Minimum age: 18 Years. Maximum age: N/A. Gender(s): Both.


Inclusion Criteria

- Informed written consent obtained (English speaking)

- Age >18 years

- Requires a CVC as the vascular access: a) end stage kidney disease without a

functioning surgically created access; b) end stage kidney disease whose peritoneal dialysis problems require transfer to HD for an anticipated prolonged period

- Passed 2/3 tests of CVC exit site healing (see below)

- Must be willing and able to take a shower as the standard form of body cleansing if

randomized to STP

- Trisodium citrate (4%) as standard CVC locking solution

- CVC has been in situ for > 6 weeks

Exclusion criteria

- Acute kidney failure, likely to be reversible with recovery of renal function

- Non-Tunneled CVC

- Antibiotic use by any route in the week prior to enrolling in the study, including

intranasal mupirocin

- On immunosuppressant therapy

- Use of the CVC for purposes other than access for hemodialysis

- Involvement in another interventional study related to their vascular access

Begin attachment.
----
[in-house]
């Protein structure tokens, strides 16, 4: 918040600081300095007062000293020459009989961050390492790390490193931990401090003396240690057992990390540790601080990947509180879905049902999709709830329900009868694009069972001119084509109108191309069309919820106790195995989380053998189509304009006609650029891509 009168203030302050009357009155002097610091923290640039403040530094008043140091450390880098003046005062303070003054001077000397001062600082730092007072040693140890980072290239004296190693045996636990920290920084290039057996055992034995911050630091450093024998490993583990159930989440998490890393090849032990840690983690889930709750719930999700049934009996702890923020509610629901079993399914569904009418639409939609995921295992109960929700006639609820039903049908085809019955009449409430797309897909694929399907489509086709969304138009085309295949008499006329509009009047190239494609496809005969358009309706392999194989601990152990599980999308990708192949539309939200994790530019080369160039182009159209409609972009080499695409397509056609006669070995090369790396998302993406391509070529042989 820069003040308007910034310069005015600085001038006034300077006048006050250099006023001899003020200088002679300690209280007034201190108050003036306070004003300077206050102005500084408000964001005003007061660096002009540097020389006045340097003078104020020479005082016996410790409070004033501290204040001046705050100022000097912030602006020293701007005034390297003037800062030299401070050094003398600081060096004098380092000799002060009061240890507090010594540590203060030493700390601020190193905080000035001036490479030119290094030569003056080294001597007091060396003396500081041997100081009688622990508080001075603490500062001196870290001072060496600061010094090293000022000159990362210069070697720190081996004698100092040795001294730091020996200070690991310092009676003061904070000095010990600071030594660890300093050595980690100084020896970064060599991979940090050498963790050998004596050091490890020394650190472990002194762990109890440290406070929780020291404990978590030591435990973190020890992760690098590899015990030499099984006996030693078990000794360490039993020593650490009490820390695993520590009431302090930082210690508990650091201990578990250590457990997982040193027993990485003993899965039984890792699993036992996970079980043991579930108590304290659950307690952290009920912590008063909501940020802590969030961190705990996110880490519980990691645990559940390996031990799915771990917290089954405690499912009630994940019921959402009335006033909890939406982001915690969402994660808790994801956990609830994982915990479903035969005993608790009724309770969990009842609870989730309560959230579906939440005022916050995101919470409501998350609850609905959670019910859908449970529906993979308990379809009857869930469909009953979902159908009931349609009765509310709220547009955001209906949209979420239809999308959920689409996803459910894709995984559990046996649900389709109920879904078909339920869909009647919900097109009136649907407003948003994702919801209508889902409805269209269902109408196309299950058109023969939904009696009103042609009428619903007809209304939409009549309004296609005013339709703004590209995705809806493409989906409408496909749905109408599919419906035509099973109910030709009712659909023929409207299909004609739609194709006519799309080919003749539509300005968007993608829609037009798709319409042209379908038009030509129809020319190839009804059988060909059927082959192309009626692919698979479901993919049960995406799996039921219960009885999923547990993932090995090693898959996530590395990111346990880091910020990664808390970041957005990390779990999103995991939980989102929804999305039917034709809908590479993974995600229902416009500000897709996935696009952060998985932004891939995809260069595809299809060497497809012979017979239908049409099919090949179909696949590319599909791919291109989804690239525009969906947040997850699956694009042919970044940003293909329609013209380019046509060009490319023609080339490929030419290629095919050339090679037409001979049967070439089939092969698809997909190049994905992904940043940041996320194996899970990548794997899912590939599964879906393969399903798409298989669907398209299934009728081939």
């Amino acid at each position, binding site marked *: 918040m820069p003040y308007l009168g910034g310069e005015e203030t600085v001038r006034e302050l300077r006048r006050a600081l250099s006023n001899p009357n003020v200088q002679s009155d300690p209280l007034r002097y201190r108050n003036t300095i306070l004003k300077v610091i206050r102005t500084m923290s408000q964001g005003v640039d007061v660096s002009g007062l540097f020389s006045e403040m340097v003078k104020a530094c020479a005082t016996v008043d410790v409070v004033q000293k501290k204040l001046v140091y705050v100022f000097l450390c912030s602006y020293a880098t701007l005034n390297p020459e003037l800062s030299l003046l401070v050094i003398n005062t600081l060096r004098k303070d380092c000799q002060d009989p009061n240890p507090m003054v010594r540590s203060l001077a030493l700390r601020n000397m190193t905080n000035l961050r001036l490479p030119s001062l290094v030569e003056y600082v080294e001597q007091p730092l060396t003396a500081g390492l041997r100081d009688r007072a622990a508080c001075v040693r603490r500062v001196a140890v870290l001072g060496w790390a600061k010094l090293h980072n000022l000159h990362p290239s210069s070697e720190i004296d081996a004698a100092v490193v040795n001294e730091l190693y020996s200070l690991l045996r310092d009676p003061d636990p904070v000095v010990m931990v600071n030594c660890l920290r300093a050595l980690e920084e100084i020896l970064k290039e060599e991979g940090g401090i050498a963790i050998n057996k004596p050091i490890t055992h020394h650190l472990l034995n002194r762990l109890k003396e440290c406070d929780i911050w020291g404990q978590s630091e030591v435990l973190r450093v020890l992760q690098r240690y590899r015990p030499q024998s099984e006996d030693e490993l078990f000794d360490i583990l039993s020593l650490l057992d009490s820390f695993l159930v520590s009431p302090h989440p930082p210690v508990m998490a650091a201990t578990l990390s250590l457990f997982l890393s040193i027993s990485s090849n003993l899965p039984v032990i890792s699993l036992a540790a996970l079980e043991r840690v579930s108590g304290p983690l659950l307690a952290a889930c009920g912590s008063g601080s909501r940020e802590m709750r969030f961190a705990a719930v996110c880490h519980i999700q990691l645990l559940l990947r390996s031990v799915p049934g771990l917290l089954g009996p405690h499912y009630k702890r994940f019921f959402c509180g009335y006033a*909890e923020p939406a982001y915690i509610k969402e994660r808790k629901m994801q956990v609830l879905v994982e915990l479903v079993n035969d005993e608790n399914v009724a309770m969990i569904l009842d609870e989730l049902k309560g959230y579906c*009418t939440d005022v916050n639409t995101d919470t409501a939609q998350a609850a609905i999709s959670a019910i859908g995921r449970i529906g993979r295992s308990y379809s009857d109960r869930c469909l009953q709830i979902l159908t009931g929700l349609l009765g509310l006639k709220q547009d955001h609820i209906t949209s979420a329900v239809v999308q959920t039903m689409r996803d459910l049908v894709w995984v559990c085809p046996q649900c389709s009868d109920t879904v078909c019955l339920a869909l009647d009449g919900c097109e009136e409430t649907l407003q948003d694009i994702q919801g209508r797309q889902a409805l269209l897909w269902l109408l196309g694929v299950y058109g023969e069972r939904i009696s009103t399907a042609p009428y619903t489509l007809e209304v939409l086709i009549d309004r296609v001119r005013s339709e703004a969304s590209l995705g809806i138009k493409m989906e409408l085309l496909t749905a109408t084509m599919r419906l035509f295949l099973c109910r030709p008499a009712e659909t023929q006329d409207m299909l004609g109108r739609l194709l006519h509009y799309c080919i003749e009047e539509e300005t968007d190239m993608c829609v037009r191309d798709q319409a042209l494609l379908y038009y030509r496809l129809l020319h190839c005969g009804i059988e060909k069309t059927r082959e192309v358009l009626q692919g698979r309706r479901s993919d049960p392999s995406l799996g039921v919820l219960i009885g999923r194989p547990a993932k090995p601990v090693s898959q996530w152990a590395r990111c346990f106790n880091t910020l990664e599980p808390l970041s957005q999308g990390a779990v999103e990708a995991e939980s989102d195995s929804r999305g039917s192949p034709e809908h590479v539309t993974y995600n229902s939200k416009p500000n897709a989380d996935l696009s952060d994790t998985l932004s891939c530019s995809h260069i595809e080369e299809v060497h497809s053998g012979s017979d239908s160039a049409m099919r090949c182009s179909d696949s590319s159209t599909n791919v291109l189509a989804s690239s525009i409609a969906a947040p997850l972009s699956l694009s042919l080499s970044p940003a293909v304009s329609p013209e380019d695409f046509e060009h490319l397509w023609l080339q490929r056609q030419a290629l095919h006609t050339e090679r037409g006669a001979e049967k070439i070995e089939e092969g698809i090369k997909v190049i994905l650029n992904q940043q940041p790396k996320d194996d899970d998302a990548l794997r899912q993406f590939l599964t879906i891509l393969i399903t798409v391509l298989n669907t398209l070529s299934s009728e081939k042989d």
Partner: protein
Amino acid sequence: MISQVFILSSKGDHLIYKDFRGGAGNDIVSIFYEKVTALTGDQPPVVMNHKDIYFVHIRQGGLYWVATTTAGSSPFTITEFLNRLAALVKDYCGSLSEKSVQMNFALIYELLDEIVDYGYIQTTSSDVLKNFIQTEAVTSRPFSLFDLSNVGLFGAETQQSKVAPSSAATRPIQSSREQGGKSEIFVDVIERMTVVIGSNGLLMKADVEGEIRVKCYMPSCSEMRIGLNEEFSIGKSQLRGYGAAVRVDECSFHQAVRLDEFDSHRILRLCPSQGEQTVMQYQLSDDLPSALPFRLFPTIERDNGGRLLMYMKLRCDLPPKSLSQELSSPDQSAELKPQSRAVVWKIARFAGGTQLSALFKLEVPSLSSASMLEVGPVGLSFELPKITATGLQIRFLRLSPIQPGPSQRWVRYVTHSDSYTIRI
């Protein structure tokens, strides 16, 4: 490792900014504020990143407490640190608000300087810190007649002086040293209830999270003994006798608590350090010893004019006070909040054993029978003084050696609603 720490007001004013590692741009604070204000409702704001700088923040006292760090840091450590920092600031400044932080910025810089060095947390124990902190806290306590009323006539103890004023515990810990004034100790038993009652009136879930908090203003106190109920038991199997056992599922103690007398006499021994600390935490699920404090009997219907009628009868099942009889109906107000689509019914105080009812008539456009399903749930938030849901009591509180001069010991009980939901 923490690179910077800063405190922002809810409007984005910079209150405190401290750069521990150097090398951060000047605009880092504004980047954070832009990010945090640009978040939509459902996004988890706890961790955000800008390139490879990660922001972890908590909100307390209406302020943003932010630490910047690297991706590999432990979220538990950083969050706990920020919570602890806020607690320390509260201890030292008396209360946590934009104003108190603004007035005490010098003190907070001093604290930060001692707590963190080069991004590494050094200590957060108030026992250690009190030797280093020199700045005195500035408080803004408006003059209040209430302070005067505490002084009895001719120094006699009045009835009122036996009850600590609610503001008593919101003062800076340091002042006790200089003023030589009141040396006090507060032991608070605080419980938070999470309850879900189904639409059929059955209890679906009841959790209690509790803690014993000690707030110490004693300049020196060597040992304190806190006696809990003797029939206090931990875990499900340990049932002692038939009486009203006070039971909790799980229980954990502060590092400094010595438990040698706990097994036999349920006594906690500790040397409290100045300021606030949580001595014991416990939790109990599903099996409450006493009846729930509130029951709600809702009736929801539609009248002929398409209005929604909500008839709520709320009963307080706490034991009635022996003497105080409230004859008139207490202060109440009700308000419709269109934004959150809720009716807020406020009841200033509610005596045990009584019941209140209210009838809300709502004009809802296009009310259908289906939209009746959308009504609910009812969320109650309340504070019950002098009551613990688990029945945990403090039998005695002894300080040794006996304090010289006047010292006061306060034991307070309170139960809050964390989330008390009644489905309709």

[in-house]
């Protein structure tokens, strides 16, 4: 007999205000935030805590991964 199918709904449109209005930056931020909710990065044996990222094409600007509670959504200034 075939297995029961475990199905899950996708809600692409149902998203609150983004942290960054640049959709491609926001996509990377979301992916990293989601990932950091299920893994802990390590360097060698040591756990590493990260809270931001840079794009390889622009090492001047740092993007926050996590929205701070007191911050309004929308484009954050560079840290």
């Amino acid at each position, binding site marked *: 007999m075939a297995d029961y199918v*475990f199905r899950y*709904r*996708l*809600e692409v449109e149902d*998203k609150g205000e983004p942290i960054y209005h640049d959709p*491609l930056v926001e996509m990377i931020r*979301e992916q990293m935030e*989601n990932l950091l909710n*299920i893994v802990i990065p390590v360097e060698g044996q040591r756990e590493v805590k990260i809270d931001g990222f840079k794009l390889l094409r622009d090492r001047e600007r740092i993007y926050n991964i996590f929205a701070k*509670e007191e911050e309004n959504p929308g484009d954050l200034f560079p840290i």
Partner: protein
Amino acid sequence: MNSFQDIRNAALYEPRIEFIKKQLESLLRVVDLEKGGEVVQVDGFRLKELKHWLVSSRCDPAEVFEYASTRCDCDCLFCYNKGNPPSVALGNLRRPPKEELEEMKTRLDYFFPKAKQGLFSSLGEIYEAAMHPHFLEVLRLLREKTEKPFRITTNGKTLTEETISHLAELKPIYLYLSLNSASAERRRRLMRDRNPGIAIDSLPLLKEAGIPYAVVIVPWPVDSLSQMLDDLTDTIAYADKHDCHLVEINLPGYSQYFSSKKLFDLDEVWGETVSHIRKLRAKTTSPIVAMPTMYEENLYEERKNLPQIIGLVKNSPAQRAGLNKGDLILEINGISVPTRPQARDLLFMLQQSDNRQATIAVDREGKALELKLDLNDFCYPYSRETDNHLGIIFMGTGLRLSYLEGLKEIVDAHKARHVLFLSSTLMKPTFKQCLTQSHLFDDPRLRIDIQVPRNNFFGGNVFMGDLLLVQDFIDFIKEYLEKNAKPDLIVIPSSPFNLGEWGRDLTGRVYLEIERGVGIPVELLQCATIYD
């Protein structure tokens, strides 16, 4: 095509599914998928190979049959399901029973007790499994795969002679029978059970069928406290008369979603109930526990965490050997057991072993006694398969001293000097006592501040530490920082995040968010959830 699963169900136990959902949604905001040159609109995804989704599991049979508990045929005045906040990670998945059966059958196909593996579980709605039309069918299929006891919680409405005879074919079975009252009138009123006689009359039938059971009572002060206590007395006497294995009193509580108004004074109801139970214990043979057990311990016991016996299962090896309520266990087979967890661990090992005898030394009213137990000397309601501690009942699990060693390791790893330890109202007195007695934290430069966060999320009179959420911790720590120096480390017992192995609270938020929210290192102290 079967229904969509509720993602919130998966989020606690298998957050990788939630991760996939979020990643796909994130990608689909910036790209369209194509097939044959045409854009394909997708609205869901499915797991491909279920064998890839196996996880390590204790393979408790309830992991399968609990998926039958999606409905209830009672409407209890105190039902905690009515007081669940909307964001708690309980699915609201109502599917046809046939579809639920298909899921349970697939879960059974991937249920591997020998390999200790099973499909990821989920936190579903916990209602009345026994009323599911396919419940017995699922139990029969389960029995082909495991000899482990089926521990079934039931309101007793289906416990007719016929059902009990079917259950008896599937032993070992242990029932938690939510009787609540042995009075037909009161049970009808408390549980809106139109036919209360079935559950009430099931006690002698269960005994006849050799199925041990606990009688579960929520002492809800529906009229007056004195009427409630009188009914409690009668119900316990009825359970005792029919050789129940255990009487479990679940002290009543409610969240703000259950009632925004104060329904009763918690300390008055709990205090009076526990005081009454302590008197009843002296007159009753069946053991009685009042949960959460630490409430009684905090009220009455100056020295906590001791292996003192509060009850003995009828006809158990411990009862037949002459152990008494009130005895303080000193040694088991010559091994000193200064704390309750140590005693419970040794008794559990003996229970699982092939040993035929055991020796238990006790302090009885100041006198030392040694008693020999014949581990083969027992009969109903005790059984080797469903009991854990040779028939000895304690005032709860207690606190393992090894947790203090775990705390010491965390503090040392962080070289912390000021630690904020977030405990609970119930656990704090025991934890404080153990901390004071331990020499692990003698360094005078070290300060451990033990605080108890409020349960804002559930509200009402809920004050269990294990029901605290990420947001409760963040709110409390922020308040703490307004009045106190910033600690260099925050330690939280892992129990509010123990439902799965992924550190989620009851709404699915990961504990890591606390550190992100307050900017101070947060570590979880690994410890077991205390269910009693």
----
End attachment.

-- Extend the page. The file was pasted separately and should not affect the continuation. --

- CVC or patient life expectancy <6 months (e. g. active malignancy; serious comorbidity

such as hepatic failure)

- Routine use of tissue plasminogen activator or antibiotic as a locking solution

- CVC insertion in location other than the neck/chest region (IJ or subclavian


Locations and Contacts

Daisy Kosa, MSc. (c), Phone: (905) 745-4773, Email: sarah.kosa@uhn.ca

Toronto General Hospital, Toronto, Ontario M4N 2C4, Canada; Recruiting
S Daisy Kosa, BHSc, Phone: (905) 745-4773, Email: sarah.kosa@uhn.ca
Cathy Forrester, RN, Phone: (416) 340-4800, Ext: 4806, Email: cathy.forrester@uhn.ca
Charmaine E Lok, MD, MSc, Principal Investigator
Additional Information

Starting date: December 2012
Last updated: December 9, 2013

Page last updated: August 23, 2015